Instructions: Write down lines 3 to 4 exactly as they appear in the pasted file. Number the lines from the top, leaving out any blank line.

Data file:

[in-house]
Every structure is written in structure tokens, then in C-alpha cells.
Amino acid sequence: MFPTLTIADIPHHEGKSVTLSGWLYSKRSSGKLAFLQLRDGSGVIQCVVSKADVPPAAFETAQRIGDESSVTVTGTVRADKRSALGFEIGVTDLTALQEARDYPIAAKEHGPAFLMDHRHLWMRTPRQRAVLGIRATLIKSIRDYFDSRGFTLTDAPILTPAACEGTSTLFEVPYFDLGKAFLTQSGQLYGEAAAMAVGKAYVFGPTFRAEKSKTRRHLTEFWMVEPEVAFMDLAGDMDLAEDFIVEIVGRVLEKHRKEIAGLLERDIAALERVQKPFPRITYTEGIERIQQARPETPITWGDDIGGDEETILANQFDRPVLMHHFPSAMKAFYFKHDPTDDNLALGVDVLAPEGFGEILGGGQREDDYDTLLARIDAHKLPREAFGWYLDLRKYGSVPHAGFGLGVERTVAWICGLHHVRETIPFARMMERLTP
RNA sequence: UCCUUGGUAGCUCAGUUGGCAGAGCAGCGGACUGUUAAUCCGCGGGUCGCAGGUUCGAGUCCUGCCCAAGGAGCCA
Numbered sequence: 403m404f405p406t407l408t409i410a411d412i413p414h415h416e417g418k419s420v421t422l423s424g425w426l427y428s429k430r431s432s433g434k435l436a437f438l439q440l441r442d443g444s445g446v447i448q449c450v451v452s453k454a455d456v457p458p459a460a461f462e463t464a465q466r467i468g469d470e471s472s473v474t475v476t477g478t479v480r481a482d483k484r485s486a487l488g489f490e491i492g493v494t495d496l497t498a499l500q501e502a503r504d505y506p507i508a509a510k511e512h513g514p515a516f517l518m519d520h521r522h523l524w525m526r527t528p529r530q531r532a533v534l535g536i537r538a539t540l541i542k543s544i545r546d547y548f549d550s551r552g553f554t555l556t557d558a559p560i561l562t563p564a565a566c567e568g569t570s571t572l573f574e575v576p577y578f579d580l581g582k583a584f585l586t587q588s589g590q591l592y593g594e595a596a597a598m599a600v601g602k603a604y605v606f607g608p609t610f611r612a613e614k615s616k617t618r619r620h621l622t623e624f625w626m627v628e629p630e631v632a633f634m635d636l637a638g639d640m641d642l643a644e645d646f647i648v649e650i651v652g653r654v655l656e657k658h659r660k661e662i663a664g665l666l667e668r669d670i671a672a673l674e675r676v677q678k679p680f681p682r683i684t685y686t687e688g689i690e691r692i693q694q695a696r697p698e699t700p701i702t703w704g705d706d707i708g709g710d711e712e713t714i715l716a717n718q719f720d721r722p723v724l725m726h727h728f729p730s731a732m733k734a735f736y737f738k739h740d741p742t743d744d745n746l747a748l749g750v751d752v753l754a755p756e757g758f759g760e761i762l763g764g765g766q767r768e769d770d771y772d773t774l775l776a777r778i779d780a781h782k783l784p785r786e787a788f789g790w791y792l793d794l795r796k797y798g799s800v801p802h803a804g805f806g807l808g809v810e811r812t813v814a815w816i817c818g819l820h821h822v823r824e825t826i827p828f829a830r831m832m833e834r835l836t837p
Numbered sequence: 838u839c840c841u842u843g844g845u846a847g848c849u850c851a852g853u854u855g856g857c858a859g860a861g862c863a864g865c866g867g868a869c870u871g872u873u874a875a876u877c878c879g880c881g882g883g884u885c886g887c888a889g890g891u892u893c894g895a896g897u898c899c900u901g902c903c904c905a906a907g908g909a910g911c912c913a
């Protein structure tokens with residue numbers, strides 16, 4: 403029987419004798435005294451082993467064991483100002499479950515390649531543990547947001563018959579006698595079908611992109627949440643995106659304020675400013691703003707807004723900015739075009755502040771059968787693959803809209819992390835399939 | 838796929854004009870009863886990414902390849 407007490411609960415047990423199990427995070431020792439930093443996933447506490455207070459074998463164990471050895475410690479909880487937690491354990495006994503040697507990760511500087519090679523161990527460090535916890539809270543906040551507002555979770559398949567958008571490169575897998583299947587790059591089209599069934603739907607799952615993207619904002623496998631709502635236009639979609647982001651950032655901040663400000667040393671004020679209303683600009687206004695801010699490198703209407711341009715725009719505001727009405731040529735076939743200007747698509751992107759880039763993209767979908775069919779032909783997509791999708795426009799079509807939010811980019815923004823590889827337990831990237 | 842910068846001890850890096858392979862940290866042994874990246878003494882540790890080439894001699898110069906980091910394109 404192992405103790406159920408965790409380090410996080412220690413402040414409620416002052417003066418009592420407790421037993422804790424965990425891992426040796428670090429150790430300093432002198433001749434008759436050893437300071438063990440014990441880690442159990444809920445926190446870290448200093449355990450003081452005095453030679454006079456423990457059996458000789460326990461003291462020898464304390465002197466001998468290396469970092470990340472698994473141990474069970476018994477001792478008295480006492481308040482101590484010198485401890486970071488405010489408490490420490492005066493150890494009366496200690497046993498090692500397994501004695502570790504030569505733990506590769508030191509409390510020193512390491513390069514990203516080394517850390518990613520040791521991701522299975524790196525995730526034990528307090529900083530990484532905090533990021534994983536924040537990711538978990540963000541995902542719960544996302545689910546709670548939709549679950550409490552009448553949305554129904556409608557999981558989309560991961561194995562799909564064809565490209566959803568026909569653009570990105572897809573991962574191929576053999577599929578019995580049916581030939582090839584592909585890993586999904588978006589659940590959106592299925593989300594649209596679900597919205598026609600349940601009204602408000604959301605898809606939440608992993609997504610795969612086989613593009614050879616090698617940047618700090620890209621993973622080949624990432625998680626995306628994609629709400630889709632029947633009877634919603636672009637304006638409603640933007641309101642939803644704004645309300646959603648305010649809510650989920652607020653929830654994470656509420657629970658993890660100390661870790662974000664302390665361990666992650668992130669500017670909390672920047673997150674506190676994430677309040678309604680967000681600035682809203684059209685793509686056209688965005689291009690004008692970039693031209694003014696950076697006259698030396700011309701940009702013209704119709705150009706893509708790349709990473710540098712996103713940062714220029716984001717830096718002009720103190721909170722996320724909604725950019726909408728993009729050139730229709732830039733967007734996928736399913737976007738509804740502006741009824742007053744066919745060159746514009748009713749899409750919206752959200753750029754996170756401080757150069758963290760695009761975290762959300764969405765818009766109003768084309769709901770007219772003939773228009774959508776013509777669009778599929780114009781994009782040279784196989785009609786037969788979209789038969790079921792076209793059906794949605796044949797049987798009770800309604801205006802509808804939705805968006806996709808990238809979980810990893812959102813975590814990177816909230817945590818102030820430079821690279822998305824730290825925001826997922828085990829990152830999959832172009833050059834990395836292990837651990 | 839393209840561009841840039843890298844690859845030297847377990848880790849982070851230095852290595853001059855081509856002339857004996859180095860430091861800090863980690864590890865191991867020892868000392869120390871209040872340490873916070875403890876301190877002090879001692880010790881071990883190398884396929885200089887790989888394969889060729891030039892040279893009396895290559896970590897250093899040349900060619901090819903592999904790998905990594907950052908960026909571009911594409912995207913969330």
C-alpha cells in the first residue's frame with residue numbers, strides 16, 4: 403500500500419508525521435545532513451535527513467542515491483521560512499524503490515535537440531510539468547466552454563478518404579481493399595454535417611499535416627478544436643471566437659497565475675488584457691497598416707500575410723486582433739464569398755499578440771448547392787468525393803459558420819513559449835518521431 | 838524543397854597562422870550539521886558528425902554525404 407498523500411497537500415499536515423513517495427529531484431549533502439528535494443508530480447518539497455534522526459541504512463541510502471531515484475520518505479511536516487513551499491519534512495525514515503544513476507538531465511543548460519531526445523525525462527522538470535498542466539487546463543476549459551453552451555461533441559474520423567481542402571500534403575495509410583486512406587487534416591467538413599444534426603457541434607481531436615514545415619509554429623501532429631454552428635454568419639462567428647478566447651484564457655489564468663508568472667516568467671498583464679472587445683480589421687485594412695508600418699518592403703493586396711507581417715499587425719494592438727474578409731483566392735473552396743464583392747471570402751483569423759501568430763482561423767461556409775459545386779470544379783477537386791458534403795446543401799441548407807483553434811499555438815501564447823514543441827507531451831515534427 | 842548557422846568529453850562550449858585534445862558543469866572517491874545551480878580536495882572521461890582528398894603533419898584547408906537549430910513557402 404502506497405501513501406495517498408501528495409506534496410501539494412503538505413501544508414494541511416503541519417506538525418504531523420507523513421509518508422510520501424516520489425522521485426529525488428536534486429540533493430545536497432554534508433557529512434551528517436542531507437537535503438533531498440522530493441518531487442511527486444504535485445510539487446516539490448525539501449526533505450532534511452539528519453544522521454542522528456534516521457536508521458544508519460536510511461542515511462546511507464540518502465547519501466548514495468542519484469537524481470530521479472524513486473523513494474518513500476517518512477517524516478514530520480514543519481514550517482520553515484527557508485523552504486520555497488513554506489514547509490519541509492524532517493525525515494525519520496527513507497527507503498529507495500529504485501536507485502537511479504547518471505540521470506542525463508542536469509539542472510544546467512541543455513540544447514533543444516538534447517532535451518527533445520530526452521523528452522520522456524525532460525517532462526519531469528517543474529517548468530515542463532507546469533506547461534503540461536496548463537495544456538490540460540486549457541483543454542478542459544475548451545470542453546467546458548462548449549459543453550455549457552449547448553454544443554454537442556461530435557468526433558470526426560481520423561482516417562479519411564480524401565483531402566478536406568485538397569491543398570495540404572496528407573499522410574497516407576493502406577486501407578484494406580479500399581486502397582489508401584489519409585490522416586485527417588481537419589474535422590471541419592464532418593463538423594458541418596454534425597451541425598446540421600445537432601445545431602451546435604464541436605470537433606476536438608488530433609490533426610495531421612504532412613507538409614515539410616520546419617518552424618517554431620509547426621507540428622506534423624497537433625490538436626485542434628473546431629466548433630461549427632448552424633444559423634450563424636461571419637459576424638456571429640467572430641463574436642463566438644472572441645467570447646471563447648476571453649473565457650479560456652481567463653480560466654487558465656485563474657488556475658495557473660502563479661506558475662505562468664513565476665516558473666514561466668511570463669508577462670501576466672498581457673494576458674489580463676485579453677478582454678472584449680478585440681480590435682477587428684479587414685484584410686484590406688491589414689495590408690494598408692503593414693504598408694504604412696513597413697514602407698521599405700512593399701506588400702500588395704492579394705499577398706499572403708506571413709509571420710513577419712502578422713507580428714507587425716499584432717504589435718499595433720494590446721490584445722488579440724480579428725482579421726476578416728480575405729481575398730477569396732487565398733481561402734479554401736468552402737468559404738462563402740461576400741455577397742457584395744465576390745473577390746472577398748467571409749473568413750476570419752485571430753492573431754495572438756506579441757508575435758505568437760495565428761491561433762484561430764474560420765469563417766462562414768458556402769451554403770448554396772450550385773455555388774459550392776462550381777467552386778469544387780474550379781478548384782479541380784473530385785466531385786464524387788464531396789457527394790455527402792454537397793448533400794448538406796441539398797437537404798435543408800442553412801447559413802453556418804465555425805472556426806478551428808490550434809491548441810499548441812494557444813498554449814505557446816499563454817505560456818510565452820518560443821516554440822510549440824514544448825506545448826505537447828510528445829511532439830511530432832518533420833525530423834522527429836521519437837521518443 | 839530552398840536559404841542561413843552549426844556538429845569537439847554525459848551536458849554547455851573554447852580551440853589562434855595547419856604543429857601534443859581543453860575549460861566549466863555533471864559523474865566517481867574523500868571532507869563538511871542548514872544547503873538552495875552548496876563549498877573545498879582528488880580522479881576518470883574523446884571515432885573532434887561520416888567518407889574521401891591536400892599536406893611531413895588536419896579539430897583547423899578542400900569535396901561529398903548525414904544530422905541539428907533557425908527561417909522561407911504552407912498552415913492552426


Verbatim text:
Amino acid sequence: MFPTLTIADIPHHEGKSVTLSGWLYSKRSSGKLAFLQLRDGSGVIQCVVSKADVPPAAFETAQRIGDESSVTVTGTVRADKRSALGFEIGVTDLTALQEARDYPIAAKEHGPAFLMDHRHLWMRTPRQRAVLGIRATLIKSIRDYFDSRGFTLTDAPILTPAACEGTSTLFEVPYFDLGKAFLTQSGQLYGEAAAMAVGKAYVFGPTFRAEKSKTRRHLTEFWMVEPEVAFMDLAGDMDLAEDFIVEIVGRVLEKHRKEIAGLLERDIAALERVQKPFPRITYTEGIERIQQARPETPITWGDDIGGDEETILANQFDRPVLMHHFPSAMKAFYFKHDPTDDNLALGVDVLAPEGFGEILGGGQREDDYDTLLARIDAHKLPREAFGWYLDLRKYGSVPHAGFGLGVERTVAWICGLHHVRETIPFARMMERLTP
RNA sequence: UCCUUGGUAGCUCAGUUGGCAGAGCAGCGGACUGUUAAUCCGCGGGUCGCAGGUUCGAGUCCUGCCCAAGGAGCCA